Four problems fintechs can solve for SMEs during COVID-19 and beyond

Otto Williams, Vice President, Strategic Partnerships, Fintech and Ventures, CEMEA at Visa

Otto Williams, Vice President, Strategic Partnerships, Fintech and Ventures, CEMEA at Visa, recently joined Saudi-based fintech and industry experts for a virtual panel discussion on driving collaboration with and empowering the fintech and start-up community in the Kingdom of Saudi Arabia. Here is a recap of the insights Otto shared on some of the advantages fintechs hold for supporting and fostering SME growth and best practices for partnering with fintechs. 


SMEs are key to the health and well-being of economies around the world. They play an essential role in the lives of their customers and in the success and vibrancy of local communities. According to the International Monetary Fund (IMF), small businesses in the MENA region represent close to 96% of registered companies and nearly half of total labor force, yet their access to finance is only 7% of total bank lending[1].

Small businesses have long been underserved by the traditional finance sector and the coronavirus pandemic has only worsened the situation, constraining economies, culling jobs and decelerating growth in harsh liquidity conditions.

Fintechs may hold the key to small business recovery. With their unique models, innovative technologies and agile infrastructure, fintechs have already been engaging targeted segments that are either under-served or not served at all – they now have the opportunity to solve not just an inclusion problem but also a far more pressing business recovery problem.

Serving SMEs with faster, easier, more affordable and more transparent models, they also raise overall consumer experience expectations and build loyal customer bases far quicker than traditional providers.

Whether it’s Square in the US aggregating hundreds and thousands of merchants, or Visa's partner fintechs in the region like Hala, Hakbah or stc pay, the sector is fast becoming the go-to for small businesses across MENA.

From banking to capital markets, insurance and wealth management, it is now vital that they have easy access to the financial solutions they need to survive the COVID-19 crisis and thrive beyond it.

Here are four problems small businesses face that fintechs are solving:

1. Onboarding barriers

Opening a traditional bank account and setting up to accept payment credentials have long been pain points for SMEs in the region, and many have struggled to get through tedious paper-based processes that require going to a bank in person even in a time of pandemic restrictions. Fintechs, on the other hand, are both faster and friendlier with digital onboarding solutions that have typically been developed in regulatory sandboxes and help small businesses gain access to financial services without the fuss.

2. Payment acceptance

Saying they don't accept a certain type of card payment is not an option for small businesses. It's revenue they simply cannot afford to walk away from, especially in current times. That’s where fintechs who collaborate with networks like Visa’s come in. Our CyberSource platform, for example, allows for payment acceptance across all card schemes as well as other payments types that fintechs can onboard and bring to SMEs. Our global network of over 60 million merchants and three billion cardholders also means that small merchants in Saudi Arabia for example can seamlessly make sales to any consumer with Visa credentials anywhere in the world.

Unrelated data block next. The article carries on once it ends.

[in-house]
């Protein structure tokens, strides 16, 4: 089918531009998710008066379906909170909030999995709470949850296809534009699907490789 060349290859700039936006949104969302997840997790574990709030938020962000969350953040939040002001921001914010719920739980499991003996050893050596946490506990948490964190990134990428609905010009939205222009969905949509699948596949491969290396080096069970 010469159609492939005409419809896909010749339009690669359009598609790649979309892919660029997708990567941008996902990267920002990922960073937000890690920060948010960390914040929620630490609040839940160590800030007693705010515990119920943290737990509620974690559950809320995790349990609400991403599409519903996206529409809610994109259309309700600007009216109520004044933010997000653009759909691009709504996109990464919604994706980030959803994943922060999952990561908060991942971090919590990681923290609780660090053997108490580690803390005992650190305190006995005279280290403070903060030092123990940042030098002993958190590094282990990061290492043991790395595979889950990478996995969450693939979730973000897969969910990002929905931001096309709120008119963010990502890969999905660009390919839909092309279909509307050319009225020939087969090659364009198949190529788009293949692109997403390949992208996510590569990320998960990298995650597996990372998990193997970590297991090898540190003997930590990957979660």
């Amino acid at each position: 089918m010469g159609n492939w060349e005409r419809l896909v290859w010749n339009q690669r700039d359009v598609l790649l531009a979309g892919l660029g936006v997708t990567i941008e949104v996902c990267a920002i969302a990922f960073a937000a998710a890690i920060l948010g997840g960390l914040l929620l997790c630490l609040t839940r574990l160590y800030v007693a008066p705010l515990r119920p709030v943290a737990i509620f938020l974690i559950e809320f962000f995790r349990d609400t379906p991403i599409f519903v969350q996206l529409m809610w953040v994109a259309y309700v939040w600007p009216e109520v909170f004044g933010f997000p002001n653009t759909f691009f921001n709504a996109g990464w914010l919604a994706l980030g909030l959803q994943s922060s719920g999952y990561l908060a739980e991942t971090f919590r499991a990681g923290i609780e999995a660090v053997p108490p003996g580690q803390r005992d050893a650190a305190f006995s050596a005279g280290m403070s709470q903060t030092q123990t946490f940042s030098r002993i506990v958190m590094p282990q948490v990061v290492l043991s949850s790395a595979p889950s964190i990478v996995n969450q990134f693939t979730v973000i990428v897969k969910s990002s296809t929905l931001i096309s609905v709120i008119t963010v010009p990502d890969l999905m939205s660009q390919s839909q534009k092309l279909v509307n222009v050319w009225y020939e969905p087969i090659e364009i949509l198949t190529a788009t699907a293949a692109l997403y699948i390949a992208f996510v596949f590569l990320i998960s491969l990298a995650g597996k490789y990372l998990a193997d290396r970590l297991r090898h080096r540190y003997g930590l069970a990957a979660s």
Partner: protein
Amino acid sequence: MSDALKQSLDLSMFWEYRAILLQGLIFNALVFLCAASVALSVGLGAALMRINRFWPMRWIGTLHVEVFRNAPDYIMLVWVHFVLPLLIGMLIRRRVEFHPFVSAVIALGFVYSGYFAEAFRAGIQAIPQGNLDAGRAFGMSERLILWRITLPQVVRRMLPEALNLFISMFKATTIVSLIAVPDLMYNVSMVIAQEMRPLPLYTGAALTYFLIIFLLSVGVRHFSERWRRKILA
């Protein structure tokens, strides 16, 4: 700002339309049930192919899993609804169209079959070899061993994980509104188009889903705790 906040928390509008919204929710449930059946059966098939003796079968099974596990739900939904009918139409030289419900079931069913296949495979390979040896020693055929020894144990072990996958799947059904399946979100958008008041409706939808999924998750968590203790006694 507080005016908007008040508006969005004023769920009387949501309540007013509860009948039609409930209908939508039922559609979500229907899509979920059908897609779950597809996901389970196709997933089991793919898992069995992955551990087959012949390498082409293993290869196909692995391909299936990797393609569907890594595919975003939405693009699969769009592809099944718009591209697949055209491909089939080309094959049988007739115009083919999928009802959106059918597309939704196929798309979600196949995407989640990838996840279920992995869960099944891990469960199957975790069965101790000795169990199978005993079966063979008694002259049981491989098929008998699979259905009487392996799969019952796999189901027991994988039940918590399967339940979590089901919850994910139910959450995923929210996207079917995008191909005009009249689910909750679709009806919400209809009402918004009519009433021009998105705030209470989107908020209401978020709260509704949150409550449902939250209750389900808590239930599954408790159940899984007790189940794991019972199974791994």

3. Working capital management

Any small business owner will tell you that managing working capital while dealing with the pressures of make payrolls, paying rent, and all the other various expenses, is a constant struggle. But stress levels are being pushed to the limit as the virus outbreak continues to batter markets. That’s where collaboration with lending comes into play; micro financing has been really transformative for many SMEs across our region wherein the businesses get access to working capital in the form of micro-lending using alternative scoring so they don’t have to wait for credit scores and bureaus to actually be able to collect data from formal sectors. Instead, they use alternative data sources and scoring mechanisms, that attract venture investment firms or individual peer-to-peer lenders to contribute liquidity to funding pools.

4. Fraud fears

Fraud remains a growing concern especially for small businesses without the more sophisticated security infrastructure and resources of giant enterprises. But poorly deployed systems come with tremendous risk, which is why fintechs are leveraging Visa’s globally proven fraud and risk capabilities to step in with tools and solutions that enable SMEs to manage fraud better and protect their businesses.

What underlines all this? Standards and interoperability. This is what really provides the foundation for collaboration and drives the success of the model for enabling SMEs, and bringing them into the financial system. It also is critical in empowering SMEs to adopt fintech solutions that have been proven successful in a lot of markets globally and can be successful in our markets here. This includes QR code and acceptance point of sale standards like contactless which, for example, enabled the expansion of Apple Pay into the Kingdom.  Ultimately, standards and interoperability will empower SMEs to leverage fintech solutions to drive growth and deliver the seamless and secure digital payment solutions consumers increasingly seek.

The panel was part of The Future of Fintech event organized by Seamless in partnership with the G20 Saudi Secretariat and Saudi Arabian Monetary Authority. To watch a recording of the full panel, click here.

Tag: Digital commerce